Charles Darwin University ("the University") is committed to protecting your privacy. This Privacy Statement contains the University's policies for management of the personal information it collects. It is part of the procedures put in place by the University, which aim to protect the privacy of your personal information in accordance with the Information Privacy Principles ("IPPs") set out in the Information Act (NT) ("the Act").


The University collects the personal information that it needs to carry out its functions and activities, including its statutory functions.

The University may also collect statistical information to assist us and other government bodies to provide the most appropriate educational courses and facilities to students. Once this kind of information is collected, it will be de-identified so that any compilation or publication of those statistics will not reveal your identity.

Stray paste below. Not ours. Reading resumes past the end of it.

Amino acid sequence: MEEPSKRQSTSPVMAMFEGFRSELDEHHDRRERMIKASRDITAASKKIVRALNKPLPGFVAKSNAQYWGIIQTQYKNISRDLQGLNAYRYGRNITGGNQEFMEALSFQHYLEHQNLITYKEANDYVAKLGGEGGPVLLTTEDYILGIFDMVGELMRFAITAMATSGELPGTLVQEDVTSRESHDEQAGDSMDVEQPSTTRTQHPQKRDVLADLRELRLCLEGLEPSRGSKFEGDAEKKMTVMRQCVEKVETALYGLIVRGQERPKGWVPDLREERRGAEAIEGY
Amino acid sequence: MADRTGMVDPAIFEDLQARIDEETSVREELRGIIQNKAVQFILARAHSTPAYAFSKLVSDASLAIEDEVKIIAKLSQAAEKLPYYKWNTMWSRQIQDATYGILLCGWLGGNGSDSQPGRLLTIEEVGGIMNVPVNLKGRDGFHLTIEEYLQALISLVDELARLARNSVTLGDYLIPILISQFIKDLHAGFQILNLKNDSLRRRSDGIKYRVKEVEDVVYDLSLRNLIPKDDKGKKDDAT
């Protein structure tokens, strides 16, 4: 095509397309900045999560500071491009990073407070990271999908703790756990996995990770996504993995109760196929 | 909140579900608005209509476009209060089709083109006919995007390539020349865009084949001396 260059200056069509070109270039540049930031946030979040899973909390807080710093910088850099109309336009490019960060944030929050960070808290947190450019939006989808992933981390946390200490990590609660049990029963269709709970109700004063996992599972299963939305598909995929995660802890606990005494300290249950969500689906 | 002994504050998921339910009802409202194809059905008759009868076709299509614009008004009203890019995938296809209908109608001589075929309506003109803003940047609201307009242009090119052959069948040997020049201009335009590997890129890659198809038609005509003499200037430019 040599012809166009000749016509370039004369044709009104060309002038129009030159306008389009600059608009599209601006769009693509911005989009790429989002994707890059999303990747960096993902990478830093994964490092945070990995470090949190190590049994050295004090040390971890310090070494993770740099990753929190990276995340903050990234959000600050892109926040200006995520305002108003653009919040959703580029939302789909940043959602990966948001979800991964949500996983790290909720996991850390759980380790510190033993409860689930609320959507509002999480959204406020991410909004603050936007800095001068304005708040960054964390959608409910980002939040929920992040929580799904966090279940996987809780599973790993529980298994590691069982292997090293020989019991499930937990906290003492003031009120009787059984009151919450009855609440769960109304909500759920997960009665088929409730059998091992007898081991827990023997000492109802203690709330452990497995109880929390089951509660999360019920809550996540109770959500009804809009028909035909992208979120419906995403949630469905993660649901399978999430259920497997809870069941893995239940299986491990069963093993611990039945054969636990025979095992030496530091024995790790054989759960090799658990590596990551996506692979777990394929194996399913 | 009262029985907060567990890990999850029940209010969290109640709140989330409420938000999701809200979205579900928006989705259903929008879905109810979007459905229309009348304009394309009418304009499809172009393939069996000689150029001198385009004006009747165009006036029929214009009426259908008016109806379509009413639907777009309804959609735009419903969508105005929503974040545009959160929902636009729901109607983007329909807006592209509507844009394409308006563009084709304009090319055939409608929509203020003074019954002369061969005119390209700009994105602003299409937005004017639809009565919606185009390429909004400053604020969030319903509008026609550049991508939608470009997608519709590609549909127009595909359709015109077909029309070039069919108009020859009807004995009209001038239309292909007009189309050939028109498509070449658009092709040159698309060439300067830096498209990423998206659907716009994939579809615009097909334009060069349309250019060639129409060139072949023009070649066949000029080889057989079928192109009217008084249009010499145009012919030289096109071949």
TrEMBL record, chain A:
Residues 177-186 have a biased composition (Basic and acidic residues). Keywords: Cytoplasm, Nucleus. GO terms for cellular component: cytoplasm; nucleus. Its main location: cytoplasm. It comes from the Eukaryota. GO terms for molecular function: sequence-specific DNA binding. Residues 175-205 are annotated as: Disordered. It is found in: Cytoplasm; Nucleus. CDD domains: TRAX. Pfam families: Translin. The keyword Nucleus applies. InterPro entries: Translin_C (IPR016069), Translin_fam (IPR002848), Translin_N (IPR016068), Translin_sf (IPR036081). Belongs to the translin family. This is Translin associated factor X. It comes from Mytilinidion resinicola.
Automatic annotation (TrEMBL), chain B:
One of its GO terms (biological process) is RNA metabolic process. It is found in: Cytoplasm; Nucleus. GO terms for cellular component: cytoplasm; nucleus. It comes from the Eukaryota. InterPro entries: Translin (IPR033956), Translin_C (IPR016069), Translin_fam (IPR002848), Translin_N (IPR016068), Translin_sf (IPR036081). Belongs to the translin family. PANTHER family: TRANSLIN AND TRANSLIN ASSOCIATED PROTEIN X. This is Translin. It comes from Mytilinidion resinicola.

The University may collect your personal information in a number of ways, including:

(a) directly from you in documents such as enrolment or application forms, via the student identification card system or by verbal or written correspondence; and

(b) from third parties such as other educational institutions or government bodies.

(c) using cookies on our website. A cookie is a piece of text sent from a web server to your computer, and is used to identify you only by a random number. This information does not personally identify you, but it does tell us that your computer has visited our site and what areas of the site have been browsed.